Monday, October 28, 2013

Meet The Team

We all know how it’s important to approach a named person at a magazine when we want to send them some work, or pitch an idea, and scrutinising the publication for this information isn’t always easy. The staff list can’t always be found at the beginning of the magazine - sometimes it’s in the middle, or even near the end.

However, these days, it is becoming a little easier with the advent of what I call the Meet The Team section - an area devoted to the thoughts or opinions of the staff. These comments are often tied into the theme of the issue. Country Walking magazine, for example, might ask the staff for a few words about their favourite view in an issue devoted to Britain’s best views. Country Living magazine has gone one step further and devoted a whole article to their staff’s Christmas Projects. (Yes, the December issue is out now - see picture.)

From the freelance writer’s perspective this is a great way of finding a useful contact name, along with a photo of the staff (thus proving that those who work for magazines are not rejection-issuing dragons, but real people), and occasionally, their contact details. What makes these useful to the freelance writer is that these pieces often include junior members of staff, not just the editors, and it’s these people who can be useful. 

For example, the editorial secretary may be the best person to contact first if you want to pitch an idea by phone to an editor and want to ensure you don’t call them just as the publication is going to press. Nor do you want to ring them when they’re just about to go into a meeting. A quick email or phone call to the editorial secretary may just steer you to the perfect time to call.

Likewise, an editorial assistant may be a better contact to email if you want to check whether your submission arrived safely. And the administrative assistant can be a good starting point to find out who’s the best person to contact regarding the missing payment you’re still waiting for.

So, the next time you come across one of these Meet The Team sections, or articles, get out your contacts book and add the names, job titles and contact information (and don’t forget to record the date you added them so you know how up to date they are when you next look them up). You never know when they may come in useful.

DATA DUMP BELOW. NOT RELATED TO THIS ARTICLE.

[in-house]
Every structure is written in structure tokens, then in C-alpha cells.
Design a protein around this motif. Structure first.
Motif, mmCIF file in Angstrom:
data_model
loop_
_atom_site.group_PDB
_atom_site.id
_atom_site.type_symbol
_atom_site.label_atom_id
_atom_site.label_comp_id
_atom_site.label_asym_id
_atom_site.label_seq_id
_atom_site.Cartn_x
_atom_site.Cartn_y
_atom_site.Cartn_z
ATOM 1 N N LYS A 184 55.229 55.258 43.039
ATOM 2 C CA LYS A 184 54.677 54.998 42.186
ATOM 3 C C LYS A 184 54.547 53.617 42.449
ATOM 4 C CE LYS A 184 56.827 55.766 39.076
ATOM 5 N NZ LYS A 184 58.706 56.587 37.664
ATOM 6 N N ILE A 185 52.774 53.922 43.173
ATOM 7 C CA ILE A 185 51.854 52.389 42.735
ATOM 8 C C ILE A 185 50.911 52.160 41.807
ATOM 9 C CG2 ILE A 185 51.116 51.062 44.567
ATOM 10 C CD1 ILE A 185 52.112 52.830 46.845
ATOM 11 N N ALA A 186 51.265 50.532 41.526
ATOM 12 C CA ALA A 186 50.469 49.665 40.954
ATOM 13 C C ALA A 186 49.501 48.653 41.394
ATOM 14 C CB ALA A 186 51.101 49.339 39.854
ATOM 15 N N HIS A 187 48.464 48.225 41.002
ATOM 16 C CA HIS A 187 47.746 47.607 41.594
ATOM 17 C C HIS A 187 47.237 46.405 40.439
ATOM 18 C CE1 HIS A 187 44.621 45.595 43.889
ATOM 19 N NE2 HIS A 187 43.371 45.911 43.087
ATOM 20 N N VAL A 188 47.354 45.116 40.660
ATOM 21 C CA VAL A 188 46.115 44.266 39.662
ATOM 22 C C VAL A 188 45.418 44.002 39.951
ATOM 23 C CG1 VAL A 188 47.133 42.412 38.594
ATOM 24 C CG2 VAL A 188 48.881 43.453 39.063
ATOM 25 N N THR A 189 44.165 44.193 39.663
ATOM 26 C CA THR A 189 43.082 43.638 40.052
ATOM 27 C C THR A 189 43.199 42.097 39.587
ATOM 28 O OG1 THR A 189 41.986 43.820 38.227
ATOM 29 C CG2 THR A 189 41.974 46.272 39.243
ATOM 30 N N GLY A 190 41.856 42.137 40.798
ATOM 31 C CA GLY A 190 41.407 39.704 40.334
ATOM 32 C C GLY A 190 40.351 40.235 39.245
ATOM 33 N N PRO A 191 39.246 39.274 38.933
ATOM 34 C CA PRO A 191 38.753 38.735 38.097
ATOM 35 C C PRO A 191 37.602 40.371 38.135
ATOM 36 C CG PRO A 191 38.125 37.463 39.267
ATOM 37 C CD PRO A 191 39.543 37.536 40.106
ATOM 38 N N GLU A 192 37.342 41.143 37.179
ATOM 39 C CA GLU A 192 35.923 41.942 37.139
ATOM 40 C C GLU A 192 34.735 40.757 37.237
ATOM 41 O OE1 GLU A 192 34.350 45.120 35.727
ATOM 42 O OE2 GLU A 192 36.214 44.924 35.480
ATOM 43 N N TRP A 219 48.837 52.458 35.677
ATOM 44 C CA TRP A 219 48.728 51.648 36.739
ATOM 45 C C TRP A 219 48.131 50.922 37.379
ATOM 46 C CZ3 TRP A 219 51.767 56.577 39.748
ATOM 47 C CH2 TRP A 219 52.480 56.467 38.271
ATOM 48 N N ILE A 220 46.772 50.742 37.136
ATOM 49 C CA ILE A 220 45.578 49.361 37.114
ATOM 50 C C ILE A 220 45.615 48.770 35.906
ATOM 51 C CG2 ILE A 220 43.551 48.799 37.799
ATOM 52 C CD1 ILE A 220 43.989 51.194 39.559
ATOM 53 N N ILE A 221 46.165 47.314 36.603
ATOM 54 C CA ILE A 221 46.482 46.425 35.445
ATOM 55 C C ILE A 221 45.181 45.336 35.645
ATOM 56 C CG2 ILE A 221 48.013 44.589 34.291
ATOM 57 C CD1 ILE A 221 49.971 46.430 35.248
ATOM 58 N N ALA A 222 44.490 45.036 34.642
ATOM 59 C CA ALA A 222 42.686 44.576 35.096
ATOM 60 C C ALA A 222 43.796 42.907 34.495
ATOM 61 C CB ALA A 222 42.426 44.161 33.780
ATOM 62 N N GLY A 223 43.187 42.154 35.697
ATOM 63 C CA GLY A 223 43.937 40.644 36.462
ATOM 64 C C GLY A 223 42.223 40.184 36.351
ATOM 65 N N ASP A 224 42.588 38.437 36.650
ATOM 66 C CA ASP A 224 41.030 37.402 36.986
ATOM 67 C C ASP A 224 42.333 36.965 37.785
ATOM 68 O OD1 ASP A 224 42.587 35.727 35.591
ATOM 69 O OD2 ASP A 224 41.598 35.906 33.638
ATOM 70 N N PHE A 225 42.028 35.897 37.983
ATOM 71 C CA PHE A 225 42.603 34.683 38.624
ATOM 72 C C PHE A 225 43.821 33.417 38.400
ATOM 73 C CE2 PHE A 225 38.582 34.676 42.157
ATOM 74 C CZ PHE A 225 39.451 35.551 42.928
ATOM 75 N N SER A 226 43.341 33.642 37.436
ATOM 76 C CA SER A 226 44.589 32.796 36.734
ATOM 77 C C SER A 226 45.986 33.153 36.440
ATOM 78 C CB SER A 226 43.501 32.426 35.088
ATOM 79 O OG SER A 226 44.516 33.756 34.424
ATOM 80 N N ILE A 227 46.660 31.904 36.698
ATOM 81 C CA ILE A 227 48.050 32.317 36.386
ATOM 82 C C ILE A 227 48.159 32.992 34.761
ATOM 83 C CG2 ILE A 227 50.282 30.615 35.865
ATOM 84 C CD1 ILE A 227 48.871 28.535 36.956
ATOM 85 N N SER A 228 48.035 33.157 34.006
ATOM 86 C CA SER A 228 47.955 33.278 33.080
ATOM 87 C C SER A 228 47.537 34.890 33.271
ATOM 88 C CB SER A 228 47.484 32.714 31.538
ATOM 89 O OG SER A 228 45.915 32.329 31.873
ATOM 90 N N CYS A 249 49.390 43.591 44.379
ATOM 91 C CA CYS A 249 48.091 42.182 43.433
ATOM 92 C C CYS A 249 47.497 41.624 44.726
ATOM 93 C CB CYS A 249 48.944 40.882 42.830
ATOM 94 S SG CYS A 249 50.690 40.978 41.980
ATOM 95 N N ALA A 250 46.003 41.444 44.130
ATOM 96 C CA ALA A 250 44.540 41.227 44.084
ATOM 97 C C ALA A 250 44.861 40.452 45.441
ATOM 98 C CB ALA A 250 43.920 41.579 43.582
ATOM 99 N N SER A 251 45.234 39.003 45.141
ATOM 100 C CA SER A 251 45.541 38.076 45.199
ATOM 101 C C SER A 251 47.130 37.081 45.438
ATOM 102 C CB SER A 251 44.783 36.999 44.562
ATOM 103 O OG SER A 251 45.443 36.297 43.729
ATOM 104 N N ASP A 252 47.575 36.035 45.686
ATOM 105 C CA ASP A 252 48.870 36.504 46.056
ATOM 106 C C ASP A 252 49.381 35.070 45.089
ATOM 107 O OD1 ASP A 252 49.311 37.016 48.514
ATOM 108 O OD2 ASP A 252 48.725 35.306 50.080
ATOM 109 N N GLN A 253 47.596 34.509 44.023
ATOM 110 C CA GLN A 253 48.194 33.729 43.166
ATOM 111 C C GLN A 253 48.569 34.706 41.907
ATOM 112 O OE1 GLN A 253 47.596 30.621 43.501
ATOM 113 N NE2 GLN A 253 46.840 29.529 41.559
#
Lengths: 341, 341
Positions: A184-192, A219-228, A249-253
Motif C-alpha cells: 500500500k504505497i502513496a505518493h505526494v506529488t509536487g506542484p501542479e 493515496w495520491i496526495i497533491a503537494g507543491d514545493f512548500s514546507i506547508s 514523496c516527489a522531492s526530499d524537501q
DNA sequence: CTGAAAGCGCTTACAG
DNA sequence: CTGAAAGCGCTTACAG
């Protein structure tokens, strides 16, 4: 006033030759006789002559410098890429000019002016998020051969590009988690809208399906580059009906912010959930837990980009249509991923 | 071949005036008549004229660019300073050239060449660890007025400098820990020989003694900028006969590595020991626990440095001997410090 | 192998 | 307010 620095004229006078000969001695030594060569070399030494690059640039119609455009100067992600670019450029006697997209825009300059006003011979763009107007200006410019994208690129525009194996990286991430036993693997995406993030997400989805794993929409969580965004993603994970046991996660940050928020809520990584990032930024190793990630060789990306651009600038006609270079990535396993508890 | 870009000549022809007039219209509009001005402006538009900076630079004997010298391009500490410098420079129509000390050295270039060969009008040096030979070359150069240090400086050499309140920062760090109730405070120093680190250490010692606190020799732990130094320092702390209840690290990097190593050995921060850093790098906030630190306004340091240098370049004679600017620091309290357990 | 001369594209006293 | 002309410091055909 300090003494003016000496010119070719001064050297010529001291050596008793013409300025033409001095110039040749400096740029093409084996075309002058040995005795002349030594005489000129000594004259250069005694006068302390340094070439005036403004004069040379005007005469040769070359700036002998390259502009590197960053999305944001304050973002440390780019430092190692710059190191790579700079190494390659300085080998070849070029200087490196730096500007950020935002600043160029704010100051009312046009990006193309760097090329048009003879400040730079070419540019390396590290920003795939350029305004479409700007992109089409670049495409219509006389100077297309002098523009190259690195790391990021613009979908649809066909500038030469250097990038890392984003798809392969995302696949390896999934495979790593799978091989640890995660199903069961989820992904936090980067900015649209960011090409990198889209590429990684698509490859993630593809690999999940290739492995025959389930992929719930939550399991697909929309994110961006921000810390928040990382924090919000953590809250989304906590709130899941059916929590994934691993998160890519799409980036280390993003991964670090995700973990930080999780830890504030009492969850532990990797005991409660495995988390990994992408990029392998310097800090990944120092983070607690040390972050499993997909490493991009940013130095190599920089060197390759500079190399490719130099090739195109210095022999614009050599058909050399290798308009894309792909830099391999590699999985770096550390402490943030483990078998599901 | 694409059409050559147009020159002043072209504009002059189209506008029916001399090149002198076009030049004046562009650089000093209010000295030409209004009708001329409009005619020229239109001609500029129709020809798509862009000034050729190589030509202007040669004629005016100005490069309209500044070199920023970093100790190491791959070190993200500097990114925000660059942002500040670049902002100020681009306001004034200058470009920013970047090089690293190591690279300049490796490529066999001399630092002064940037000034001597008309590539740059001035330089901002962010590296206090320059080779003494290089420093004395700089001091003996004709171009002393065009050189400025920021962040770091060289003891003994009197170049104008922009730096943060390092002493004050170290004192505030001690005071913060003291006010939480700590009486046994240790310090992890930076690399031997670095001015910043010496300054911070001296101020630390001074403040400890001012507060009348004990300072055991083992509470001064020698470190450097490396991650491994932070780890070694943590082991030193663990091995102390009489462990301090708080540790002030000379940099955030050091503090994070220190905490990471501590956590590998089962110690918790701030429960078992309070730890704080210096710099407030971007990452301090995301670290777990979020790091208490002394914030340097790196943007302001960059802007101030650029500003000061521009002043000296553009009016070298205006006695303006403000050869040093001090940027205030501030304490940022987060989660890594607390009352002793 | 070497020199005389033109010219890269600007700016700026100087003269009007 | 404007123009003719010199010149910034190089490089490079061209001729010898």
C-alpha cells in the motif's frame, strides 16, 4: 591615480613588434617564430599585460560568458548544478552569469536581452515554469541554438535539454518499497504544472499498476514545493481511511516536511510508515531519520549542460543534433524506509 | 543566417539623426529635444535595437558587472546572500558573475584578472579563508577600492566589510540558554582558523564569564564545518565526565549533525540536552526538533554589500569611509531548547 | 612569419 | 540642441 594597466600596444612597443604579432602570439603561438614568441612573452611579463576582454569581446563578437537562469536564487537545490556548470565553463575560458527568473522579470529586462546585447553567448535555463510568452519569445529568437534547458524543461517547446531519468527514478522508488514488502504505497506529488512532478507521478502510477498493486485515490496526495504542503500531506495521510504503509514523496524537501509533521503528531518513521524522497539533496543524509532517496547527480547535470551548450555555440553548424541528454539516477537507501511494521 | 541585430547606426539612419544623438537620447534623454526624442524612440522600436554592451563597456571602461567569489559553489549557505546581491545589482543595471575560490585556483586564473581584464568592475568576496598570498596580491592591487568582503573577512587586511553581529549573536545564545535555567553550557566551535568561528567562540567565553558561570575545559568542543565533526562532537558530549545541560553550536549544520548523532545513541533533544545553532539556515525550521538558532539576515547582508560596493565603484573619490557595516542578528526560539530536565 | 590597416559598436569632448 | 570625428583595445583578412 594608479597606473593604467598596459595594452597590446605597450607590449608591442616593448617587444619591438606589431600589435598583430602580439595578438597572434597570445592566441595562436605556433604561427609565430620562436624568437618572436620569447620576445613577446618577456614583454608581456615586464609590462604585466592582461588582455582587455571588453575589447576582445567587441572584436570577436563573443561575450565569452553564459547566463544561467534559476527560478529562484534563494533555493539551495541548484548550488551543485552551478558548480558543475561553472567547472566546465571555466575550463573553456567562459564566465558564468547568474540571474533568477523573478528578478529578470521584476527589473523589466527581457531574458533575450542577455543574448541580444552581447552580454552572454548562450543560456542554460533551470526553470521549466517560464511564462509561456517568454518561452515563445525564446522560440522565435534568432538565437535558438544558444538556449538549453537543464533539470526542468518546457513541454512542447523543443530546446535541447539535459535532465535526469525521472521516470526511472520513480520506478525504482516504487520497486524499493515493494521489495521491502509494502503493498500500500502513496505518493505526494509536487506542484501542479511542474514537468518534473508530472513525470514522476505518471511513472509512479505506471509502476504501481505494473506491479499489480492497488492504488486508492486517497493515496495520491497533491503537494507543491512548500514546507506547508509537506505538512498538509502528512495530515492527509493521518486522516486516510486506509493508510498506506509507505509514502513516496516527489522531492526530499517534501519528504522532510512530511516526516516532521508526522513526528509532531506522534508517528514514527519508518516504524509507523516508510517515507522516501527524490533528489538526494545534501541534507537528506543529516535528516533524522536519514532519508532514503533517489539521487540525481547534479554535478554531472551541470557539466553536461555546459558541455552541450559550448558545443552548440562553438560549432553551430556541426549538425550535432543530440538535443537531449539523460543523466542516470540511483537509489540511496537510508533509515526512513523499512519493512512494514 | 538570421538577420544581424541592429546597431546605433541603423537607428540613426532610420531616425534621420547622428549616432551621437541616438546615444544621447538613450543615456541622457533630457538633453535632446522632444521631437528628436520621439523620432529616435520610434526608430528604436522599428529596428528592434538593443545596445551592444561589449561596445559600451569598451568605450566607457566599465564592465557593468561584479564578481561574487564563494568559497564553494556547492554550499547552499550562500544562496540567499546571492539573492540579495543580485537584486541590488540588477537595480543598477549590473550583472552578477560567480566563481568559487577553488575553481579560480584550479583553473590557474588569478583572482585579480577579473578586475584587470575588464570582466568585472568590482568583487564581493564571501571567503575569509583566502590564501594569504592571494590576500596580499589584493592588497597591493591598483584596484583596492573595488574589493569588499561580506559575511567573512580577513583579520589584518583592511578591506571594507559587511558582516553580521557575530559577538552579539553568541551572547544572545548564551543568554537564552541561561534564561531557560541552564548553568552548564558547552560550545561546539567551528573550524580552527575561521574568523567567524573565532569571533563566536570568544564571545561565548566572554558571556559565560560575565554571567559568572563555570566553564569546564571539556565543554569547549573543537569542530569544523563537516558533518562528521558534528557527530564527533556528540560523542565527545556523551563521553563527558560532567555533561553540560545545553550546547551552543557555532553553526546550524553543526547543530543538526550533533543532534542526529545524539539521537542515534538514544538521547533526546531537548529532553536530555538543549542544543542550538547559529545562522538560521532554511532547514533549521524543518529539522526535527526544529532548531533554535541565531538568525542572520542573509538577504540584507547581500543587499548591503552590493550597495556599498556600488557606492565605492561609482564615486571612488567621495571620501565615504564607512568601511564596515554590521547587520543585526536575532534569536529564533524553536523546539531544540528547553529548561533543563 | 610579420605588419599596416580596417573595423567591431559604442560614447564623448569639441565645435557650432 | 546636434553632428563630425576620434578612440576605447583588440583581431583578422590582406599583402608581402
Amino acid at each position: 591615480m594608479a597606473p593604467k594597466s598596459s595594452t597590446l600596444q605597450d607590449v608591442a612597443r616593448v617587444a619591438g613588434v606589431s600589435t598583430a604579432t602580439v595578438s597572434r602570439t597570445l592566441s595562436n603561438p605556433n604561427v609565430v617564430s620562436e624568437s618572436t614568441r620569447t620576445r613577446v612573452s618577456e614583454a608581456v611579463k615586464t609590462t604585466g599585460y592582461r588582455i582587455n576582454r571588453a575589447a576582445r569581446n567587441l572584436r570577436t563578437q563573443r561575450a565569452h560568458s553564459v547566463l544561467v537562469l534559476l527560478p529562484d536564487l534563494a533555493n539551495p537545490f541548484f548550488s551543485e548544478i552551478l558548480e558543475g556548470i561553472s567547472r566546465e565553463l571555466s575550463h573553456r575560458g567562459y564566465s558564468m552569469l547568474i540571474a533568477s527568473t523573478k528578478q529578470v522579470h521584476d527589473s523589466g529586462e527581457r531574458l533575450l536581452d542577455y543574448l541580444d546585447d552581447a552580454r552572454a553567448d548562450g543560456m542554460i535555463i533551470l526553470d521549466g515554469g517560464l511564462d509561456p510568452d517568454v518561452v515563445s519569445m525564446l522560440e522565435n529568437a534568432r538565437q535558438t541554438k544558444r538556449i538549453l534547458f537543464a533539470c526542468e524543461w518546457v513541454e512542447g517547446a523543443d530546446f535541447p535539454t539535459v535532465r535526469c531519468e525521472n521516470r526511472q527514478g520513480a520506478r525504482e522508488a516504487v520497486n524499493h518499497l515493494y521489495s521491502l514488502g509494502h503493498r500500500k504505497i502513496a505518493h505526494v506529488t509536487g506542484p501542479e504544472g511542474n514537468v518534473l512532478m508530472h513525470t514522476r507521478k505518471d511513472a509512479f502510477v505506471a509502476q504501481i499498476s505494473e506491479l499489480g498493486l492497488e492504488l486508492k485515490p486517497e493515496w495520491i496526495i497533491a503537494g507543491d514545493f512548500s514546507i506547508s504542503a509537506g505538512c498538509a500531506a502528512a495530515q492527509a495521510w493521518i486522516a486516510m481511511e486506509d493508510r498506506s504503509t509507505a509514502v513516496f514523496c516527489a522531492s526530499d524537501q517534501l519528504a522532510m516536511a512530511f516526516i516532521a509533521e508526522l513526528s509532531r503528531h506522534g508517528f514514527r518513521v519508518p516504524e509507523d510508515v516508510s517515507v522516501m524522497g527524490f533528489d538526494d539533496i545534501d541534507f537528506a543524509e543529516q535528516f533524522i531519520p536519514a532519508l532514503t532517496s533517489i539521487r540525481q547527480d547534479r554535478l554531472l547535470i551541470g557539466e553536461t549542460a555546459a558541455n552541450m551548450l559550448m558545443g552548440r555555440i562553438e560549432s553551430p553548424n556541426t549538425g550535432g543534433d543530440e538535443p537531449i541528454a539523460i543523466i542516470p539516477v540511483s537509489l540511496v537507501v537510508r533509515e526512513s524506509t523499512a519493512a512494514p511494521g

Good luck!

Thursday, October 24, 2013

Create offers in minutes and reach customers on Google Maps with Google Offers

Back in July we announced new ways for consumers to discover offers with Google. Today we’re introducing an updated self-service tool for all businesses in the U.S. to easily create offers and attract customers to their stores. Using the simple offer creation tool, businesses can create their offer in minutes and showcase it to local customers across Google, including Google Maps.

Create your offer in minutes and see it go live in just a few hours
With the updated creation tool, which is rolling out within the next week, you can create your offer in minutes. Simply choose the type of offer you’d like to create and assign a budget.

Unlike traditional promotions or coupons, Google Offers will show your offer to customers based on their location, what they like, and what they're looking for. You'll only pay when a customer saves your offer, and you keep the full value of the sales you make.

Reach the right customers, at the right time, now through Google Maps
With this launch, your offer can reach customers on Google Maps when they are searching for places nearby or looking for local businesses like yours. Your business will be prominently displayed with a blue tag icon next to it, alerting customers to your offer.

Once a customer saves your offer, we’ll bring them to your door by sharing an offer reminder when they are near your store. We can help remind them when your offer is expiring too, through email and mobile alerts. Just create the offer; we’ll take care of the rest. To get started and drive more traffic to your store, visit Google Offers.

Posted by Gayathri Rajan, Director of Product Management, Google Offers

Monday, October 21, 2013

Saying thank you to our Google Top Contributors

Cross-posted with the Official Google Blog.

Every day, Google Top Contributors from around the world share their product expertise with people in Google’s official forums, from sharing helpful tips to answering burning user questions. Top Contributors not only help users directly, they champion user feedback, which gives our teams valuable insight on opportunities for improvement across various products. They contribute to 250 product communities in 26 different languages, and their expertise touches hundreds of millions of users each year. These Top Contributors are a critical part of the Google family and we brought many of them together at this year's Top Contributor Summit to say thank you.